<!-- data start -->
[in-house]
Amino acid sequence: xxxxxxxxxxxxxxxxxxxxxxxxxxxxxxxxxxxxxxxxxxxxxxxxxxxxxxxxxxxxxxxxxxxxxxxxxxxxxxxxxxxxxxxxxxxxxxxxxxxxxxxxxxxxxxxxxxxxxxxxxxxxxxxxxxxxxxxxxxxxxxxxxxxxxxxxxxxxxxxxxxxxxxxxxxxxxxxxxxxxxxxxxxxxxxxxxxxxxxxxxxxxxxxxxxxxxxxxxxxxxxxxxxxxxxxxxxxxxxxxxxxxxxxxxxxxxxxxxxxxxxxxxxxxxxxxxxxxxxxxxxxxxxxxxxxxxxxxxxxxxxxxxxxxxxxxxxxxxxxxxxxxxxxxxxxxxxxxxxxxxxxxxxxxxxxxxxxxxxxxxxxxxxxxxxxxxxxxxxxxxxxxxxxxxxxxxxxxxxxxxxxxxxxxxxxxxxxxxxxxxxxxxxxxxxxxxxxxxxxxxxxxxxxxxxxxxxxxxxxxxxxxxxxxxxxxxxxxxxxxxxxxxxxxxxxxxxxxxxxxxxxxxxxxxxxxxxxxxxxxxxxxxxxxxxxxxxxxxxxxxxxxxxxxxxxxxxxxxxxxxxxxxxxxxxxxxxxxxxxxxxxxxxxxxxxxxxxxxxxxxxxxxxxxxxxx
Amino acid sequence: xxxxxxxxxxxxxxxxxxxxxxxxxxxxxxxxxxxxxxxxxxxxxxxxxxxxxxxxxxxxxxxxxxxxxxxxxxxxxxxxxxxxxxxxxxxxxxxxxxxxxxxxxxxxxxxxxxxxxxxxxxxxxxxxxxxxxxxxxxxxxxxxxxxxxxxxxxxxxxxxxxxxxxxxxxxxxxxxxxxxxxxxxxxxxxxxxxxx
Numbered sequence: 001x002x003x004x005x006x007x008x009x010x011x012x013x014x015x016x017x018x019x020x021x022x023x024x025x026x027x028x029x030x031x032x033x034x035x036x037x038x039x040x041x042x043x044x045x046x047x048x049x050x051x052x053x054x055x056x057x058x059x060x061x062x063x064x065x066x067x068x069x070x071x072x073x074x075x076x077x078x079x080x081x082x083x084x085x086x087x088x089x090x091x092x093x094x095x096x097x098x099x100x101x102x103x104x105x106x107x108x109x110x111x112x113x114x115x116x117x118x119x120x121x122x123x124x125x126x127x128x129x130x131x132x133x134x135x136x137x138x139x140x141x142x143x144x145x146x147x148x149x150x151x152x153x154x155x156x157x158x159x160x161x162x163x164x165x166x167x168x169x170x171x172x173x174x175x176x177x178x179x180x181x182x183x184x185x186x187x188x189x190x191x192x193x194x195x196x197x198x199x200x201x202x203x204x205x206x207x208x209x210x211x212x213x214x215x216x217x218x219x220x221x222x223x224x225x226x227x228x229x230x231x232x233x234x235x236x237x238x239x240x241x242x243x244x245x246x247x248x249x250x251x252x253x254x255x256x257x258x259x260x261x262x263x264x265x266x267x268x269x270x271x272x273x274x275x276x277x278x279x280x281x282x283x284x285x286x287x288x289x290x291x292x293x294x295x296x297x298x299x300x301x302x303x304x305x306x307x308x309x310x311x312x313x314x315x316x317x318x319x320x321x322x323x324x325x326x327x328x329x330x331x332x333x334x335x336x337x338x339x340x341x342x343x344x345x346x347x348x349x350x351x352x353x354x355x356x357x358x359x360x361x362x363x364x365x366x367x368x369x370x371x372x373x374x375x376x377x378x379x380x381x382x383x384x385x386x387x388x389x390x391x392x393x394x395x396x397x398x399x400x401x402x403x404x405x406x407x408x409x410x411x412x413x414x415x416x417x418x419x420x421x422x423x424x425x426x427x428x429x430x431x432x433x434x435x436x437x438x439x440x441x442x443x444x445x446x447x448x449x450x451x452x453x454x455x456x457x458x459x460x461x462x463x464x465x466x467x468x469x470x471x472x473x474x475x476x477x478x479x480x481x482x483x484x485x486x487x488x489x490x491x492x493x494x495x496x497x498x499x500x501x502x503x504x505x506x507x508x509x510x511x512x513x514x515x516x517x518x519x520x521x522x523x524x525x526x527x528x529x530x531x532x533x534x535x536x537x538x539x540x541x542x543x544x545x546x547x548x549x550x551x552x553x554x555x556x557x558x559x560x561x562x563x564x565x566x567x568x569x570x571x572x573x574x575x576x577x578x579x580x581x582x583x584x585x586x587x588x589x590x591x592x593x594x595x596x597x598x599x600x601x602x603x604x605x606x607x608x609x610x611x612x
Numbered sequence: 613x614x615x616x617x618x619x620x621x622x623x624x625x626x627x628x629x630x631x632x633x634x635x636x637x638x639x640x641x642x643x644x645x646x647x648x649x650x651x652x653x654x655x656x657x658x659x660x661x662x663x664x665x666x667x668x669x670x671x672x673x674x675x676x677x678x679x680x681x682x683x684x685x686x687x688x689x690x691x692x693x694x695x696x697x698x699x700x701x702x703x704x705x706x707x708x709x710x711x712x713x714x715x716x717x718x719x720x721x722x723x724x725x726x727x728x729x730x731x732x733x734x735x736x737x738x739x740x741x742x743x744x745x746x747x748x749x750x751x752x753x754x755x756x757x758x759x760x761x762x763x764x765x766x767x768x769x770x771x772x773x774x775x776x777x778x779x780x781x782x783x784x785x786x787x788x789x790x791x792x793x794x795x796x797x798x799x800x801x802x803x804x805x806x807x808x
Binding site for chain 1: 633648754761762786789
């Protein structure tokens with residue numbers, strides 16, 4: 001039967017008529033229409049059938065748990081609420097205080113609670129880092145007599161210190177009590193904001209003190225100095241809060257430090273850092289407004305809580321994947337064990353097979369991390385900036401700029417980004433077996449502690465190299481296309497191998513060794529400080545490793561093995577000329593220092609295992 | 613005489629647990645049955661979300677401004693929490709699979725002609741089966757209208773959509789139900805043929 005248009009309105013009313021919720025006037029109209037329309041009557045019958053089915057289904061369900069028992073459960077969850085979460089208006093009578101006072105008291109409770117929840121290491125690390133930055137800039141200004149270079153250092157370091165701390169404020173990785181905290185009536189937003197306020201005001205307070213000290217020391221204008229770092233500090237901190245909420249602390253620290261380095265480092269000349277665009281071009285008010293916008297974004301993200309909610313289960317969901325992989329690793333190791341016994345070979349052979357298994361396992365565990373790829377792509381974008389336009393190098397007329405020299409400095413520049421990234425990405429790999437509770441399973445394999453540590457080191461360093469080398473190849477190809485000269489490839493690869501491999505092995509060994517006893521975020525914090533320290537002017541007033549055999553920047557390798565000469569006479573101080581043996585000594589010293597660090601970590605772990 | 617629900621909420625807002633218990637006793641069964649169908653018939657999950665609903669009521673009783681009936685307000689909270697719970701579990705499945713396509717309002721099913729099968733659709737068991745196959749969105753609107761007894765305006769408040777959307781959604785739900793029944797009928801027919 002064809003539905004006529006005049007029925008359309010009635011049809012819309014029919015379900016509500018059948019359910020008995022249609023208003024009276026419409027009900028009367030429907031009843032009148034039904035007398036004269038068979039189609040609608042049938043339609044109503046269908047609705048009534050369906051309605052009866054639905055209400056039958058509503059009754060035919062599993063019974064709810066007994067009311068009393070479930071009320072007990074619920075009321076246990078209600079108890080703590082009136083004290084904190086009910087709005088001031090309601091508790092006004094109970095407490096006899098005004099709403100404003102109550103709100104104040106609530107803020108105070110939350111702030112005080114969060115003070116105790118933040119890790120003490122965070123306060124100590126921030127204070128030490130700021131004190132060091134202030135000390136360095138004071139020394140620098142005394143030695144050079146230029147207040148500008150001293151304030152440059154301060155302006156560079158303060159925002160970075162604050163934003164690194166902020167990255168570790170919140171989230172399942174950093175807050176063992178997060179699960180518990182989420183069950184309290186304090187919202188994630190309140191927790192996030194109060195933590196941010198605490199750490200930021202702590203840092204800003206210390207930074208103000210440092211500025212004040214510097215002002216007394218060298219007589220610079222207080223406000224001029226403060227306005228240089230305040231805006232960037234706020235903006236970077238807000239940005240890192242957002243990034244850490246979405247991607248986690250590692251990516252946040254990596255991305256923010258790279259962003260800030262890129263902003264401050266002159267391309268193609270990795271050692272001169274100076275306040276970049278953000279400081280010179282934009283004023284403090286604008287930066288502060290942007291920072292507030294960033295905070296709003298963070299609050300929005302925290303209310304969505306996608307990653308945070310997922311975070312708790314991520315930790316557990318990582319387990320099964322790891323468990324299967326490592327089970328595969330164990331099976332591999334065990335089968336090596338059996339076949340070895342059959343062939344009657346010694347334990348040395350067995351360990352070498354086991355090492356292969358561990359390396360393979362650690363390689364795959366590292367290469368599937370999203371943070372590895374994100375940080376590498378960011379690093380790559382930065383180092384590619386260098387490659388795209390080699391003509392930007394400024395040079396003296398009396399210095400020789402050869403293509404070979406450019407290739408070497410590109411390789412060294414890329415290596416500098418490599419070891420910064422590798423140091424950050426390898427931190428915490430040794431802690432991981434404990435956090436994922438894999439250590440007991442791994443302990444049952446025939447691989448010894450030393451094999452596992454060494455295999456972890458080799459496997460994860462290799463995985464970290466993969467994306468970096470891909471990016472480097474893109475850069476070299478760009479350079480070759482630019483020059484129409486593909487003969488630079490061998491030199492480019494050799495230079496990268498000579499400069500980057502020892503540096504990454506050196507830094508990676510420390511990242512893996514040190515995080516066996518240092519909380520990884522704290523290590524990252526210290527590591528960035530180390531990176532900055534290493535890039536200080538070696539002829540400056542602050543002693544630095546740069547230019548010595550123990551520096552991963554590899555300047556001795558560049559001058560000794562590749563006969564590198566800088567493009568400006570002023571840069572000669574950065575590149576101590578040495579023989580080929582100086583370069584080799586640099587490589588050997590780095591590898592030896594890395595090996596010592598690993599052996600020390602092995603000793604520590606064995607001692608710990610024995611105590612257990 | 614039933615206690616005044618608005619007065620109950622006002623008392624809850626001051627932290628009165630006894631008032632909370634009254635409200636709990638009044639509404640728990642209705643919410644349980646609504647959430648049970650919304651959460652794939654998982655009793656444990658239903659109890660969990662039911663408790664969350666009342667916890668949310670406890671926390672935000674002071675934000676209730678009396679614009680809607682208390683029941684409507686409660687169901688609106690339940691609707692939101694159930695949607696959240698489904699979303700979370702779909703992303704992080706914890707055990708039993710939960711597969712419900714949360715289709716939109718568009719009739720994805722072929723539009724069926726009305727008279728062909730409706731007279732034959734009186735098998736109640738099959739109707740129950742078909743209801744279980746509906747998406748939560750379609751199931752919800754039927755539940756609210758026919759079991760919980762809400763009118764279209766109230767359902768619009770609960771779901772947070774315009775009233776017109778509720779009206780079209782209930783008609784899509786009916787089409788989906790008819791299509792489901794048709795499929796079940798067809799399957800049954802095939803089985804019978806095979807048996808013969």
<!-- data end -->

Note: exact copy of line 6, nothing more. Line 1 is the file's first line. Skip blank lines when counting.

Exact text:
Binding site for chain 1: 633648754761762786789